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Re: Watching a Few Areas in The Tropics [Re: La Nimo]
      #63258 - Thu Oct 27 2005 11:38 PM

Quote:

Looking at the LBAR model it has shifted about 400 miles north in the last 24 hours, from tip of S Florida to Cedar Key, not doing a good job of forecasting.




yeah i mentioned that at the end; btw: none of that was a prediction...it was just some things i were considering regarding the way the BAM group of models work....and then wondering how that compared to the LBAR...that all.. like i said in that post, can't make a cogent correction using this analysis...

pesky little storm though...very small.. in fact, that is why i am suspecting NHC keeps having to move the inland time, further out in time, because it appears to me the primary steering mechanism has to be beta effects, which indeed by theory would impart a nw movement, and the beta effect is in fact less effectual for small scaled disturbances. just an interesting point for me; but, if anything beta should be growing in time and if steering feild from S to N never materializes, a WNW motion should ensue - that is, going by this philosophy herein.

Edited by typhoon_tip (Thu Oct 27 2005 11:39 PM)


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HanKFranK
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Re: Watching a Few Areas in The Tropics [Re: La Nimo]
      #63259 - Thu Oct 27 2005 11:58 PM

lbar? that's like using the daily show for keeping tabs on world events. entertainment purposes only.
i can loosely comprehend what tip's talking about, and don't see a problem with him tossing it out. some logic to the fact that the early models didn't see this thing coming north, and may not have a handle on the real steering... though i don't have much reason to doubt the rebridging of the ridge to the north will block beta and sling it across nic. a lot of folks on here could do with the jethro-ized version i'm sure, 'cause, well... that level of education in meteorology just isn't on every street corner.
not much to the analysis tonight. think the NHC track is fine, and won't need any fixing unless something else pops up on it's eastern flank (which isn't impossible, seen such things before). true that the 91L has pretty much evaporated, but there's still a perturbation in the atmosphere from it that can cause trouble when it starts bumping into the cyclonic windfield around beta.
wondering if it's just mental association that we're all wondering if beta advection will dominate the future of beta. next thing we'll be talking about beta decay and counting isotope ratios in the air over nicaragua. get ready with that geiger counter.
checked out a blurb from joe b earlier.. he's thinking both the first and second follow on waves can have down-the-road implications. we've already had three systems pop up in the caribbean on the edge of that ridge, Wilma alpha beta, so i don't see why it can't keep turning them out as long as the pattern holds. after the amplification near the east coast during the first couple of days of november there's a call for the ridge to start edging westward. bastardi's commentary also noted the next block starting to show in europe, which could teleconnect to ridging in the eastern u.s. as we get into november. punchline is that with the wacky continuation of tropical activity this season, something else might have an opportunity to sneak in. gonna watch the coming pattern like a hawk, see if anything starts peeking.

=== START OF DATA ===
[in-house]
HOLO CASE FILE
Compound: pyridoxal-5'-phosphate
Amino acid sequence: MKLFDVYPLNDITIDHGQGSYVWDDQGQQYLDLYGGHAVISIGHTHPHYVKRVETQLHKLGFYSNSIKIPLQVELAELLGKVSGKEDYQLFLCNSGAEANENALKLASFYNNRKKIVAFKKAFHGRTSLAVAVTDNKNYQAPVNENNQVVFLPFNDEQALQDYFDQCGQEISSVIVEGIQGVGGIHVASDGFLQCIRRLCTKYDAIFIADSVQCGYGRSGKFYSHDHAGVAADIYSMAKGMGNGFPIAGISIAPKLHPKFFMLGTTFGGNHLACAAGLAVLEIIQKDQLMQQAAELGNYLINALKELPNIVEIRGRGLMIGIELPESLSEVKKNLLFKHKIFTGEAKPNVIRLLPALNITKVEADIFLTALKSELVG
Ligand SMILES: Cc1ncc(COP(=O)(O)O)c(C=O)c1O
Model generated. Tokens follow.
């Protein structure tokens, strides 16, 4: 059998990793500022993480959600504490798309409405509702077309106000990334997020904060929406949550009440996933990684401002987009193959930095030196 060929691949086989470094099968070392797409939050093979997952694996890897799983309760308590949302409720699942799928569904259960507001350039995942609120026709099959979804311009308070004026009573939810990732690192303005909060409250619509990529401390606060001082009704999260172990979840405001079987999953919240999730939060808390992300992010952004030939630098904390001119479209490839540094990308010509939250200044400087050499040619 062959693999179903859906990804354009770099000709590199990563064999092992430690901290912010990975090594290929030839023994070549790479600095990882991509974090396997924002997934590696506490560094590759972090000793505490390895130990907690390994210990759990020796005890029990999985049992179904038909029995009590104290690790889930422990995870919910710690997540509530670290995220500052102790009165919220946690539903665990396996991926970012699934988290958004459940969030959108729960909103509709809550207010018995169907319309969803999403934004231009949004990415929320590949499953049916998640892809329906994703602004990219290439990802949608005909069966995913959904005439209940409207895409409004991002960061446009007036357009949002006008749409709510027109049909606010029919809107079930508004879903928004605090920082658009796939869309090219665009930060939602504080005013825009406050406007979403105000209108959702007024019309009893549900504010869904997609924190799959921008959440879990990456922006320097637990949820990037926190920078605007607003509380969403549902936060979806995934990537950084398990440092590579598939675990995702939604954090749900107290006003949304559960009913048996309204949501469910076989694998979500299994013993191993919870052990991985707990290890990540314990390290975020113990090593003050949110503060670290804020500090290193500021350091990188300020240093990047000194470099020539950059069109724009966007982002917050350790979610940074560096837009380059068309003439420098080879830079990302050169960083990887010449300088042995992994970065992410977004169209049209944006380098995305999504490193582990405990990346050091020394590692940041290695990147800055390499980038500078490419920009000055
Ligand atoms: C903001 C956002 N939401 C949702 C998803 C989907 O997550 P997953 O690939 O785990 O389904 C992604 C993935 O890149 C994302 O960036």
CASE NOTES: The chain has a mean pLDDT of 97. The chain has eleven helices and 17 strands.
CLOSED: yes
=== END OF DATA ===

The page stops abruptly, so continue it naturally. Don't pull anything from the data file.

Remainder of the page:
so anyway, that's six storms in october. oddly the most active month of the season so far in terms of raw #s. july august september were five apiece. probably not shabby on the ntc activity either.. Wilma was a powerful hurricane for days on end. think it'll sit second to emily in terms of days spent as a major. 882mb.. whatever.
HF 0358z28october


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typhoon_tip
Meteorologist


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Re: Watching a Few Areas in The Tropics [Re: HanKFranK]
      #63260 - Fri Oct 28 2005 12:06 AM

...true, it may all be a moot point in terms of subtle ridge response when current e n/a trough lifts out (60 + hours or so?) anyway, yeah - indian summer signaled in the extended.. not sure what that would mean to the tropics but instincts tell us a strengthening easterly regime - always helpful when you don't just want to break a record but pulverize it... also, with such phenomenal u/a seemingly endlessly in favorable mode during the foreseeable future...no trouble with extending this show for an additional act or two; SST anomalies, not sure how much that will quantifiably play a role here but on a basic intuitive level, more heat, more storms...

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danielwAdministrator